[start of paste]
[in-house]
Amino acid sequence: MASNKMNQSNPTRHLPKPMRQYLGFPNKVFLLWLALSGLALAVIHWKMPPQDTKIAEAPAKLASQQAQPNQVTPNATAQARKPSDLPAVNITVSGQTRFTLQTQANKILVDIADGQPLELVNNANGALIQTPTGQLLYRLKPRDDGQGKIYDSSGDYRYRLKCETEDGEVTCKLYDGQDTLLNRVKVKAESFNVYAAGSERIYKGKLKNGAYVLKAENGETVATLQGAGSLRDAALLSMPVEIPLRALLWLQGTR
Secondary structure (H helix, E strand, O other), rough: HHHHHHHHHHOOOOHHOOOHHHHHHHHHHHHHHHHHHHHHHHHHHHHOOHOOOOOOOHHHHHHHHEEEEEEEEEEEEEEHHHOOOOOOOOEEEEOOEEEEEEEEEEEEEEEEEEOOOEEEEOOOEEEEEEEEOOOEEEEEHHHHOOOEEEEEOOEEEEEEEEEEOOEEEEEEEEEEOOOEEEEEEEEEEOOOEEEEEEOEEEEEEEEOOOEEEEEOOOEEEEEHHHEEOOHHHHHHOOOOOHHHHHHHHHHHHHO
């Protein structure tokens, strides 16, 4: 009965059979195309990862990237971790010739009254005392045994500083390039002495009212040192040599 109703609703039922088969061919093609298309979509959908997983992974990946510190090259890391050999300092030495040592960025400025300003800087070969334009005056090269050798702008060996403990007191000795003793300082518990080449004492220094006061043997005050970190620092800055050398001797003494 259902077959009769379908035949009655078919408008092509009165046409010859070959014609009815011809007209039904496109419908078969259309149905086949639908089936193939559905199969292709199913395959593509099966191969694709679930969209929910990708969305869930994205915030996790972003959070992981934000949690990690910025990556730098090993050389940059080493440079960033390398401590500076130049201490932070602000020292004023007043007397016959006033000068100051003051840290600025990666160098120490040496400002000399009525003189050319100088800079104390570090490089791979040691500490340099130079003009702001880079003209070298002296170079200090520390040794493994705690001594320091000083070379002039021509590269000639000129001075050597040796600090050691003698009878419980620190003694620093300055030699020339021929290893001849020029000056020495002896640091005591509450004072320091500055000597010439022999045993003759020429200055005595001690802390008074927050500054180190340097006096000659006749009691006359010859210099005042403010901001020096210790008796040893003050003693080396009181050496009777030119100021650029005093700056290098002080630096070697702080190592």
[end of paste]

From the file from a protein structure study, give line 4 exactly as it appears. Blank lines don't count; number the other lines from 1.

């Protein structure tokens, strides 16, 4: 009965059979195309990862990237971790010739009254005392045994500083390039002495009212040192040599 109703609703039922088969061919093609298309979509959908997983992974990946510190090259890391050999300092030495040592960025400025300003800087070969334009005056090269050798702008060996403990007191000795003793300082518990080449004492220094006061043997005050970190620092800055050398001797003494 259902077959009769379908035949009655078919408008092509009165046409010859070959014609009815011809007209039904496109419908078969259309149905086949639908089936193939559905199969292709199913395959593509099966191969694709679930969209929910990708969305869930994205915030996790972003959070992981934000949690990690910025990556730098090993050389940059080493440079960033390398401590500076130049201490932070602000020292004023007043007397016959006033000068100051003051840290600025990666160098120490040496400002000399009525003189050319100088800079104390570090490089791979040691500490340099130079003009702001880079003209070298002296170079200090520390040794493994705690001594320091000083070379002039021509590269000639000129001075050597040796600090050691003698009878419980620190003694620093300055030699020339021929290893001849020029000056020495002896640091005591509450004072320091500055000597010439022999045993003759020429200055005595001690802390008074927050500054180190340097006096000659006749009691006359010859210099005042403010901001020096210790008796040893003050003693080396009181050496009777030119100021650029005093700056290098002080630096070697702080190592």